Margaret Gene Arnstein’s belief that nurses should be involved in health policy and research helped transform her profession. Unusually for her time, Arnstein’s family wanted her to become a physician after she graduated Smith College in 1925 but, inspired by family friend Lillian D. Wald, Arnstein chose to go into nursing and earned master’s degrees in public health nursing from both Columbia and Johns Hopkins. She designed and implemented nursing research for the New York State Department of Health and helped the UN develop nursing services for refugees in WWII. After the war, she joined the US Public Health Service Division of Nursing, becoming division chief in 1960. She wrote a number of books and articles on nursing and public policy, worked with the World Health Organization, and directed the first International Conference on Nursing Studies. In 1967, she became dean of Yale’s School of Nursing and made the school a leader in the field. In 1966, she became the first woman to receive a Rockefeller Public Service Award.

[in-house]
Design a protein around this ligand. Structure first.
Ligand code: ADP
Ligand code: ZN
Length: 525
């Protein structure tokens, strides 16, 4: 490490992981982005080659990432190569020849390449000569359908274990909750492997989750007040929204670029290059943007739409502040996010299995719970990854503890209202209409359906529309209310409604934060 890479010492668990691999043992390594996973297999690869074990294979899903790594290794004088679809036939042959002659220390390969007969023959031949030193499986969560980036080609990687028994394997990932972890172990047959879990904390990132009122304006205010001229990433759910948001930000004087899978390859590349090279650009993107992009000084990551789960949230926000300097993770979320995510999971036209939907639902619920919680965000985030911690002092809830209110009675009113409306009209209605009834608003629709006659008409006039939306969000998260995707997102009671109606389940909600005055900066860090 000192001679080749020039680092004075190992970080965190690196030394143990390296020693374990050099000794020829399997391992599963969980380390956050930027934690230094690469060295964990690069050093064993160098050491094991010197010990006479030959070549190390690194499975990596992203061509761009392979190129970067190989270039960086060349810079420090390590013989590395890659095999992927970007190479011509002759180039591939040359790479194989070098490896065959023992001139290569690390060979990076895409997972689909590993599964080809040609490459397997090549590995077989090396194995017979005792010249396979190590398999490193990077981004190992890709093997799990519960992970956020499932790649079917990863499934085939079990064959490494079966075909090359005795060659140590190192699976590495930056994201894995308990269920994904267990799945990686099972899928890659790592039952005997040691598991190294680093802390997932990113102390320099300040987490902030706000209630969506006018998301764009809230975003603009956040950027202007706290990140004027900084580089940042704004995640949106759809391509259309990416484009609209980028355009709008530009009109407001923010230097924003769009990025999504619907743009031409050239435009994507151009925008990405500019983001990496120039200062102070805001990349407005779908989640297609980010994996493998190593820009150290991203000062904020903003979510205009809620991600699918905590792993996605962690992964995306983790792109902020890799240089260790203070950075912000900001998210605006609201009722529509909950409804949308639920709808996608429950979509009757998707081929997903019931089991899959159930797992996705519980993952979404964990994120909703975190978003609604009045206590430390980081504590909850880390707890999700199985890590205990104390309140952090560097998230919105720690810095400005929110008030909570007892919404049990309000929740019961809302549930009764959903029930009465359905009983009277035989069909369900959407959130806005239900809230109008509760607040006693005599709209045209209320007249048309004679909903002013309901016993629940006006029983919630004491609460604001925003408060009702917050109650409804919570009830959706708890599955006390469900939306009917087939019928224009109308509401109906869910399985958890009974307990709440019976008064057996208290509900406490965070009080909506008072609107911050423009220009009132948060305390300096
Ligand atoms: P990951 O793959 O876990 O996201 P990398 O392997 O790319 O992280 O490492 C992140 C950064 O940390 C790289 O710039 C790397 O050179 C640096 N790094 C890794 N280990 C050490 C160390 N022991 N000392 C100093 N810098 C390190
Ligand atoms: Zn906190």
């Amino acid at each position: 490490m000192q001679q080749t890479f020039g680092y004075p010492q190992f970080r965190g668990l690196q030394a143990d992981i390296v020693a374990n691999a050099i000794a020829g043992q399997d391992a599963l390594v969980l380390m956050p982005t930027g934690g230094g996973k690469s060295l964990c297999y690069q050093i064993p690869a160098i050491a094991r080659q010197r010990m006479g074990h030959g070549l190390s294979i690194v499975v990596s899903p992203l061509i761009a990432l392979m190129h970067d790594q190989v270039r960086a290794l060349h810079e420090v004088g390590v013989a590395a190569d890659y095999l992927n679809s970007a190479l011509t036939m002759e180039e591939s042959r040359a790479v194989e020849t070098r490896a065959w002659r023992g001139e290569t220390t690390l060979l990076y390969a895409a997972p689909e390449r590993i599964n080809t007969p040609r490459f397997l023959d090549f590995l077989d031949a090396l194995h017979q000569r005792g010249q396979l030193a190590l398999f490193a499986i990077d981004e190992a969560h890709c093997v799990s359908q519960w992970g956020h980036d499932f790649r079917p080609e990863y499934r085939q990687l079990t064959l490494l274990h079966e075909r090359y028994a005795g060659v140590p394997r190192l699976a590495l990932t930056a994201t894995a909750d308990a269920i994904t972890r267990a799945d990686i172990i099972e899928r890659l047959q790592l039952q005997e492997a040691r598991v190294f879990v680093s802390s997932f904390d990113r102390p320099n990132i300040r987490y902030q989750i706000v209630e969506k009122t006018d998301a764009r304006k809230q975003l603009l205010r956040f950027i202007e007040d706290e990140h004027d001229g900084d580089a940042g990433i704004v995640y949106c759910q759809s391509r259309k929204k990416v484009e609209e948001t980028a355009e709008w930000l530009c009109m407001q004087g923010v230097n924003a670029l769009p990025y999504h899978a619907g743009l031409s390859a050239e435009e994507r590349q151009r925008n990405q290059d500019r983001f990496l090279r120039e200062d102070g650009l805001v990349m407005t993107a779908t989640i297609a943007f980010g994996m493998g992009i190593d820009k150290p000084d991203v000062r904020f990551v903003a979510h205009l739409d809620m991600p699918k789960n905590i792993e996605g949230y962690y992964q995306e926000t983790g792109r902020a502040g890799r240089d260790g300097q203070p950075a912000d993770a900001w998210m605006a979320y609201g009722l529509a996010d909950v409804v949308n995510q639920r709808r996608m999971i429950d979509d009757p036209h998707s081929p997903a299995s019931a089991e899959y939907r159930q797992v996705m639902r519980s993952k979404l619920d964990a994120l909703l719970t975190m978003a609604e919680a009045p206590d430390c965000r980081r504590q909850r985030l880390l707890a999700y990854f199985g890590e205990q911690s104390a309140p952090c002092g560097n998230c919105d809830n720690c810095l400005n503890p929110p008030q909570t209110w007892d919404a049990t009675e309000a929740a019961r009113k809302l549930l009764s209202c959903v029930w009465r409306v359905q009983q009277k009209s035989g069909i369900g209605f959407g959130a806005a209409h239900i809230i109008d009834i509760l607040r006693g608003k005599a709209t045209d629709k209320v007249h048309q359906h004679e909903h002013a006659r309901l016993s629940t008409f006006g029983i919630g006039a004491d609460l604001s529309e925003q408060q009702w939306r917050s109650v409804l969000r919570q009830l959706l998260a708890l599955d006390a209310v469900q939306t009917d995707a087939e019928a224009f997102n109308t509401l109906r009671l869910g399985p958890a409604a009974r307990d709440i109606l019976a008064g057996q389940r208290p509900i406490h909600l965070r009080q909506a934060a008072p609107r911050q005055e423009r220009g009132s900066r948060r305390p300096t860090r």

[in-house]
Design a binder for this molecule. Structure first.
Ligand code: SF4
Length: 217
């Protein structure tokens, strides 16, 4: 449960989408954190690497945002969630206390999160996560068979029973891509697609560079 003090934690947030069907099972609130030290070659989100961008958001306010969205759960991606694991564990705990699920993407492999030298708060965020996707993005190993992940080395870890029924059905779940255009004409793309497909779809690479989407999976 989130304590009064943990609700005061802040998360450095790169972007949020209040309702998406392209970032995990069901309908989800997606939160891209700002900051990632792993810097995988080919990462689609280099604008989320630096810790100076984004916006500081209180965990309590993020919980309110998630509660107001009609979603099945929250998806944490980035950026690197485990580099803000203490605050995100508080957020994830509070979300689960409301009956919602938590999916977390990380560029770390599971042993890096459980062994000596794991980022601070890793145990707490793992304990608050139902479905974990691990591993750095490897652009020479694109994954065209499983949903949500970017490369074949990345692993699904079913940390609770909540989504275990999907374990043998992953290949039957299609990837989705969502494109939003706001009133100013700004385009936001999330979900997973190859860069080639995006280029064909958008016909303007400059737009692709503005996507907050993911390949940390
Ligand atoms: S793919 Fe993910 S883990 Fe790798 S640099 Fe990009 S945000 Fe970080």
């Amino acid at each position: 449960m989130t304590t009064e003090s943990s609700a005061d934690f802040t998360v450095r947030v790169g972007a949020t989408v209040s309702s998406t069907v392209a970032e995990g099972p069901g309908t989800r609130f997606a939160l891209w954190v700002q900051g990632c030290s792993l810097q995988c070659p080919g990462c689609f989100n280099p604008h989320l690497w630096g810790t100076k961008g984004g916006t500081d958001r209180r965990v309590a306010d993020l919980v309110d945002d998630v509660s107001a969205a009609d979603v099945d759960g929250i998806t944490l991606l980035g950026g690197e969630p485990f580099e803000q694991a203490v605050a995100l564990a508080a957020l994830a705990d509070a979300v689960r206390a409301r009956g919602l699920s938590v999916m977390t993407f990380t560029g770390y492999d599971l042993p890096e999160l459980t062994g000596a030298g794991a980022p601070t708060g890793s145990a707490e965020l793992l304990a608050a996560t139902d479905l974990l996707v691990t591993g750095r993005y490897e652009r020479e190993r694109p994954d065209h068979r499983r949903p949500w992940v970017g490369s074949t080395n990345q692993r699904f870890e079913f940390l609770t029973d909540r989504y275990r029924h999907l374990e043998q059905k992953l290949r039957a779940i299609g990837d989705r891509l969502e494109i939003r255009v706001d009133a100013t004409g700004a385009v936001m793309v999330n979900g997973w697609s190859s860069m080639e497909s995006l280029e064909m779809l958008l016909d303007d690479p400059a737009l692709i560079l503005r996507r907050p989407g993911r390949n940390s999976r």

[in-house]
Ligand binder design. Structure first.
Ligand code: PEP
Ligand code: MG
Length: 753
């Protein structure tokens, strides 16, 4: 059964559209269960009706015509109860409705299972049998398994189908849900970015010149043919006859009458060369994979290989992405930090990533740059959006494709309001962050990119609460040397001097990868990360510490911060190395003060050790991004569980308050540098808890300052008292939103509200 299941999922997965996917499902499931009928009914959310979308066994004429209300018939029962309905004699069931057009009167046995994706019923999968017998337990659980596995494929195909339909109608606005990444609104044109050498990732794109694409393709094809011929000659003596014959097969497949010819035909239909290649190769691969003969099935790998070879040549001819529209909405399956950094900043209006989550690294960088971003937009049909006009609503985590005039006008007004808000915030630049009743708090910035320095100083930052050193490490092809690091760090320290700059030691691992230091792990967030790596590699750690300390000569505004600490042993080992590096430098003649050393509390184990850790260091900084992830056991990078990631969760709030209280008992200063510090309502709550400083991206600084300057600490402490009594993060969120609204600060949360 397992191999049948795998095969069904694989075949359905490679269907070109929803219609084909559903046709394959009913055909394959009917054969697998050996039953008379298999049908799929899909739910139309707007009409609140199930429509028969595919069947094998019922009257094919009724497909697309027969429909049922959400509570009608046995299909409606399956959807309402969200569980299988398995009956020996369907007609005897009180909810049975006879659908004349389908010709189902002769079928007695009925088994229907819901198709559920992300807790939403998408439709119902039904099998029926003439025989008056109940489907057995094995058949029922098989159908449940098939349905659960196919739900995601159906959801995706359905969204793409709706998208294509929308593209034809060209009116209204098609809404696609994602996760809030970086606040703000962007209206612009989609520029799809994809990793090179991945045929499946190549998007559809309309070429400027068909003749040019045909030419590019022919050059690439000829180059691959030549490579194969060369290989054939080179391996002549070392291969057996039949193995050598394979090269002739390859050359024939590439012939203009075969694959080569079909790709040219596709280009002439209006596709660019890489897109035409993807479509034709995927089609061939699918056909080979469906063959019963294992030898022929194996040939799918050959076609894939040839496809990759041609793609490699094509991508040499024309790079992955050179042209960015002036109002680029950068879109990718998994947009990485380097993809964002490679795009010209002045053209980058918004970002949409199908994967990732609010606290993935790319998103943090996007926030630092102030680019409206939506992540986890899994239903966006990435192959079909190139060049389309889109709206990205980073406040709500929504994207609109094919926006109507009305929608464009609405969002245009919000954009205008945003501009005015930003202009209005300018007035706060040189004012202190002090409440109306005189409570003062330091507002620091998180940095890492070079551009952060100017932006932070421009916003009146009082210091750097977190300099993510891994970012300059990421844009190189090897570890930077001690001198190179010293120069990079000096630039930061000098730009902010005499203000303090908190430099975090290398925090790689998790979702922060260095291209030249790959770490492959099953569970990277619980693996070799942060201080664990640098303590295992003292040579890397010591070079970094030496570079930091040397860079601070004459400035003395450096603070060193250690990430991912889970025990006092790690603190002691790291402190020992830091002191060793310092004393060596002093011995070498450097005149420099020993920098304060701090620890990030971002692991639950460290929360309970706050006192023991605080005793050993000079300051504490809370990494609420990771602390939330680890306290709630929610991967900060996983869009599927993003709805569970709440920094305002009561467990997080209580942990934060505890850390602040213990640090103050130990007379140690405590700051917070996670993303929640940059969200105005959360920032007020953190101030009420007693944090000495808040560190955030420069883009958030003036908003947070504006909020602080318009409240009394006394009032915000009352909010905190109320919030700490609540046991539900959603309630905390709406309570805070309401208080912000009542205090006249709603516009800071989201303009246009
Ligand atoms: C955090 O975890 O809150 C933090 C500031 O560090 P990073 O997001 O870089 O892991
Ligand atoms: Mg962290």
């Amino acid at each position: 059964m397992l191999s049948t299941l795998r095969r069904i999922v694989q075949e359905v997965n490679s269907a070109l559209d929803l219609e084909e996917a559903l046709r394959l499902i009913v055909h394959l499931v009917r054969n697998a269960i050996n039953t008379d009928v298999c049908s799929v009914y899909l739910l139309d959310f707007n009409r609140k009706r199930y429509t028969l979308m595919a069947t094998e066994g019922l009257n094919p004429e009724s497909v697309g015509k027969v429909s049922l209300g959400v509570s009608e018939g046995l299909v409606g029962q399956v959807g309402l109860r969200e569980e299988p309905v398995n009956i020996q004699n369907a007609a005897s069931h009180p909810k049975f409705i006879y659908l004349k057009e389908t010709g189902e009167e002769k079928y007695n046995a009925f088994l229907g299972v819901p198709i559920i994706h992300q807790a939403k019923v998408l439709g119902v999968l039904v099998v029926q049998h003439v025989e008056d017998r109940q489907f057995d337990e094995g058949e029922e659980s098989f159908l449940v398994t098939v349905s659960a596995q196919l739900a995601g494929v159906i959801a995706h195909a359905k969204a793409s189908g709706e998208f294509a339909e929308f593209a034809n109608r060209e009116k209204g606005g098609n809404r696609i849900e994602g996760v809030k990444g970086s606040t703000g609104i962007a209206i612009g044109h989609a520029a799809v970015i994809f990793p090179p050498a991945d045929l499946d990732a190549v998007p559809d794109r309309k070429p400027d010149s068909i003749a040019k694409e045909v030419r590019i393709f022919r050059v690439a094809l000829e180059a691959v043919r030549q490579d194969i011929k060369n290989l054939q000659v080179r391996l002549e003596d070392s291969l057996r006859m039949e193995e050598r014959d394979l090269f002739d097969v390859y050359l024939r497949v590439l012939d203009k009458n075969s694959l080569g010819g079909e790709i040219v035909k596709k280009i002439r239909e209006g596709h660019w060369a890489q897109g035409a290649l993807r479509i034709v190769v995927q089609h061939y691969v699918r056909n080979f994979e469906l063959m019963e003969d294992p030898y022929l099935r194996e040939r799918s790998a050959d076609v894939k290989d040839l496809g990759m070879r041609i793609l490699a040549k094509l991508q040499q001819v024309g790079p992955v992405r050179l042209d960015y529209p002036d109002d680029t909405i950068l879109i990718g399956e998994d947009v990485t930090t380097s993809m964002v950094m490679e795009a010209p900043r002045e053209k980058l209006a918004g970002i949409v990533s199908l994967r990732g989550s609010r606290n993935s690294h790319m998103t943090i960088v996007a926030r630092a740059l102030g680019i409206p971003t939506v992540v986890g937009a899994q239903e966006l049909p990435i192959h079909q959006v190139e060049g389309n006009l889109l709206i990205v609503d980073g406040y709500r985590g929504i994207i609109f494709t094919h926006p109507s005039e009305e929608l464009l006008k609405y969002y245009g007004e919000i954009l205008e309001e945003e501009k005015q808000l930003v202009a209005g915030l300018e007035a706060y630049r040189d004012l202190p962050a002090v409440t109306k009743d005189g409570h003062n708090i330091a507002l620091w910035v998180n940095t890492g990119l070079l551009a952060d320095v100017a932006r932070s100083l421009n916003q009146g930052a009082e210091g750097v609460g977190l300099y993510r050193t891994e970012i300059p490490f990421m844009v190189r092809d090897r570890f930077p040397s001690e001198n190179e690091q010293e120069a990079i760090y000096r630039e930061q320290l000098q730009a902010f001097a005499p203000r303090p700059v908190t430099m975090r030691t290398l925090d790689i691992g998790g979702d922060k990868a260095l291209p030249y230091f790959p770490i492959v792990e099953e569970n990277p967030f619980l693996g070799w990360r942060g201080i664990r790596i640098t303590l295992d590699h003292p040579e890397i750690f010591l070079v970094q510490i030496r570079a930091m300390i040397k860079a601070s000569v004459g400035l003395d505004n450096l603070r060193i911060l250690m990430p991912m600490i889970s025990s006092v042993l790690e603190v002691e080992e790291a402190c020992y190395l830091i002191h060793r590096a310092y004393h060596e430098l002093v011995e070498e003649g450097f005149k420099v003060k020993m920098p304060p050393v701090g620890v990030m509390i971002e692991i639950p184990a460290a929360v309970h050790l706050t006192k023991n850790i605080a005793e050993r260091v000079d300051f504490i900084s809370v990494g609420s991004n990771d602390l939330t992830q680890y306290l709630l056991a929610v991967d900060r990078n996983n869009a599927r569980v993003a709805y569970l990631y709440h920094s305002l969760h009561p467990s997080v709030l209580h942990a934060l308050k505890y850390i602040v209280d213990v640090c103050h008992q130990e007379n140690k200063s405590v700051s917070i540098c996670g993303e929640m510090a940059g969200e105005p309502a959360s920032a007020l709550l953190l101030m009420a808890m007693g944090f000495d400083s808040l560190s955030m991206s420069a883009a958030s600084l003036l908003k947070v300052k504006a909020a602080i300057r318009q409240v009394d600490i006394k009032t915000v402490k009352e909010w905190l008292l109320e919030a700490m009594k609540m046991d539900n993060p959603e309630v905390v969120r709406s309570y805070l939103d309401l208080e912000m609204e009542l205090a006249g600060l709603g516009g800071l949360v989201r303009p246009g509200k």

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Jewish Women's Archive. "Margaret Gene Arnstein." (Viewed on November 14, 2019) <https://qa.jwa.org/people/arnstein-margaret>.
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